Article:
Thursday, January 25, 2018

Three Strains of Current Political Thought

The essay has to do with the relationship of politics to metaphysics.  We posted the first graf of the essay below because it ought to make you think a bit.  The rest is worth your time.

A few scraps:

...Contemporary secular progressivists seem to fit [Cdl.] Newman’s description in that they are animated by a creed that is both anti-Christian and absolutist, and they stridently promote it. However, the secularism of our time is rife with sectarianism and marked by ideological disagreement and heterogeneity, which doesn’t tally with Newman’s version of liberalism as a “catholic” movement with a unified doctrine. The intellectual turmoil is evident when one considers the three metaphysical visions of reality that secularists promulgate, each one incompatible with Christianity and with one another....

One of these views derives from classical liberalism—Locke, Kant, and Rawls. It emphasizes the metaphysical primacy of freedom of choice in the individual subject. Its battle cry is autonomy, and its fruits are the ethics of authenticity. Each person has the right to define the meaning of his life, his sexuality, his way of participating in civic space, and his consumer opportunities. From this metaphysics we get the culture of rights talk, and the notion that sincerity of conviction serves as a moral warrant for the views that one holds.

In case you don't recognize it, that's Kennedy's yapflap in Casey.

Alongside this, there is the rival vision of the postmodern theorists who follow Marx, Nietzsche, Freud, and Foucault in outlining the ways that deep currents in human culture inform our mentality, structure our pre-reflective interpretation of experience, and privilege or disempower us in ways we fail to see. The metaphysics of Nietzsche are about power, not rights or the individual autonomy of each citizen. When one overturns social conventions that are arbitrary and oppressive, one makes room for artistic creativity and Dionysian freedom in a world marked by bourgeois convention and aesthetic mediocrity. From this strand of thinking we get the discourse of prophetic denunciation, militant calls for radical cultural transformation, and the politics of identity....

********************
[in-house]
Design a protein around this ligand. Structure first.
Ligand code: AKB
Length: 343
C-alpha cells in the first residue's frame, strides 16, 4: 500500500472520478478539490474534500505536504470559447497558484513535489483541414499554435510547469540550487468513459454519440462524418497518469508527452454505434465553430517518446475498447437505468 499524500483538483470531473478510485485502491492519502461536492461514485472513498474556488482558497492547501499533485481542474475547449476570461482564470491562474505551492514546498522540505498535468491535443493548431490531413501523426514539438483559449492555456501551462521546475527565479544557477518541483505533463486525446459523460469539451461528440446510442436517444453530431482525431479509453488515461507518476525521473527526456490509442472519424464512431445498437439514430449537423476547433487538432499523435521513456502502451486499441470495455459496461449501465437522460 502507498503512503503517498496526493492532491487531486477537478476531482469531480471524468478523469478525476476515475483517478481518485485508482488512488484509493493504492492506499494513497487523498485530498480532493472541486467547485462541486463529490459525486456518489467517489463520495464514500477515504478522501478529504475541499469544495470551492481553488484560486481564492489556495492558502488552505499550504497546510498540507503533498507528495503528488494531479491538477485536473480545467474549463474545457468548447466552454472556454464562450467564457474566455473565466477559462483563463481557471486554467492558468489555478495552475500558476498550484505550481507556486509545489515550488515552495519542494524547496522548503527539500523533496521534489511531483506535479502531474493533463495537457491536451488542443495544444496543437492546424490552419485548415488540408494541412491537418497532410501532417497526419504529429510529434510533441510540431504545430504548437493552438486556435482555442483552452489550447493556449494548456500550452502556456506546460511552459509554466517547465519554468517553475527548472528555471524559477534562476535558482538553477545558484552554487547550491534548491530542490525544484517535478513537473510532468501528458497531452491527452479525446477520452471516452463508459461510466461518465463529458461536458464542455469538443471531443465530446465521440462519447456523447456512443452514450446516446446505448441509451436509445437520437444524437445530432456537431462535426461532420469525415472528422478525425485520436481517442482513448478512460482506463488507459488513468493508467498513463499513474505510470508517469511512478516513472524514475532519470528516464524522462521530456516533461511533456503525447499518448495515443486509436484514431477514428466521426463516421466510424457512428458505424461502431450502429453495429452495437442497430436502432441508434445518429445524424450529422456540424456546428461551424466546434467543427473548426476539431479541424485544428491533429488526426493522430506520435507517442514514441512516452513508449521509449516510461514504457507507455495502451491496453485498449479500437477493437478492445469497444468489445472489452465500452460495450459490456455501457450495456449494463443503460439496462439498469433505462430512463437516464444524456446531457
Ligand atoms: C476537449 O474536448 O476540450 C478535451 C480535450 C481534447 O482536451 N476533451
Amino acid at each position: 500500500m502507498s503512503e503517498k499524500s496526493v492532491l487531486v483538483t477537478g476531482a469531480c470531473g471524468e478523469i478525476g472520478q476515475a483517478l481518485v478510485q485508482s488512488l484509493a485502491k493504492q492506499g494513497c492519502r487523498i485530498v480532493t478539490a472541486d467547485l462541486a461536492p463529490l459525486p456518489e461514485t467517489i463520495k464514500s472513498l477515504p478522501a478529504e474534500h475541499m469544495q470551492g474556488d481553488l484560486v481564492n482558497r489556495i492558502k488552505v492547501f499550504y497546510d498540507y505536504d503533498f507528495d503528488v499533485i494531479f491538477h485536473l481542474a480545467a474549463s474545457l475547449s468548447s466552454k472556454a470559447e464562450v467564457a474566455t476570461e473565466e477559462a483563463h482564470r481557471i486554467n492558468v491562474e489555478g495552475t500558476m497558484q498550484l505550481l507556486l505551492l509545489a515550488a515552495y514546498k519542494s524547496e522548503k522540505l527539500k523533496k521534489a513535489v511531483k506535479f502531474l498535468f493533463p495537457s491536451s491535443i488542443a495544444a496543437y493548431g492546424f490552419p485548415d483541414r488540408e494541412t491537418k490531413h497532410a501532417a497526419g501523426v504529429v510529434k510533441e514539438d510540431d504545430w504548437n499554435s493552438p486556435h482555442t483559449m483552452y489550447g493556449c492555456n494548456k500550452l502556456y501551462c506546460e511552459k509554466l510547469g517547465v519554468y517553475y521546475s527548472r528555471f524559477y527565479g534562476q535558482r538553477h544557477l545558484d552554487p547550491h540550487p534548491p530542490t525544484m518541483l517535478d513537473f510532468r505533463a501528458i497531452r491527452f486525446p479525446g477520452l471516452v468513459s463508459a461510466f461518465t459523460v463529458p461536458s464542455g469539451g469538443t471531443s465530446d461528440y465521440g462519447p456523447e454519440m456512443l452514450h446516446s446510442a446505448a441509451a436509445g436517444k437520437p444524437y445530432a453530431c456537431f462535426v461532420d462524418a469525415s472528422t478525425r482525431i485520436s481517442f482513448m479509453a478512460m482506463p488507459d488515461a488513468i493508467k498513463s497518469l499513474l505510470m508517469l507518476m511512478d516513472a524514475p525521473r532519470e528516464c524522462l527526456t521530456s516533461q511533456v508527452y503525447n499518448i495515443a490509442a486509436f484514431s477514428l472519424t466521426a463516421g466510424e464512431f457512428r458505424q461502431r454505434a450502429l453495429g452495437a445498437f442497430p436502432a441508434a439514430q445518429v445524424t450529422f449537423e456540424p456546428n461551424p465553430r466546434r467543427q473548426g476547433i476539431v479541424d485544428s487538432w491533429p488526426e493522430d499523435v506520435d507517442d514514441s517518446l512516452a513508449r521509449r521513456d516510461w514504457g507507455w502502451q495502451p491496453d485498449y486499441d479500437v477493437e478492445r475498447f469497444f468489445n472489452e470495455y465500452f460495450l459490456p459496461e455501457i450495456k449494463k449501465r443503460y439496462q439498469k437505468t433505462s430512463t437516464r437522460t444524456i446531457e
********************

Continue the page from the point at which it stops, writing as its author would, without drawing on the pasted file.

Well, I wouldn't necessarily say "rival."  There's a significant overlap between the politics-of-identity crowd and the define-your-own-world crowd.  Both of them are at home in the (D) miasma.

And here we get the thread which has a great deal of currency in (R) circles:

Finally, there are the scientistic materialists, who think that the great philosophical and religious visions of the past must be discarded after the modern scientific revolution. Their battle cry is progress. Modern science lays bare the illusion of our religious past and makes room for a better society and a more rational world. The twin motors of progress are scientific knowledge and better technology. Real humanism is material: better medicine and food, the fight to prolong life and fend off death. Typically, these advocates of democratic liberalism follow the New Atheism and favor a political internationalism that advances universal education in the sciences and the use of life-enhancing technologies....

A number of (R) folks will LOUDLY object that they are 'religious' folk, not consarned ATHEISTS!!  That ignores the possibility of being a 'practical' atheist--one who shows up at church but doesn't believe a word that's said there--or, more common, showing up at a church which doesn't hold or teach any convictions about Last Things.  Which, of course, obviates First Things, too (no pun intended.)

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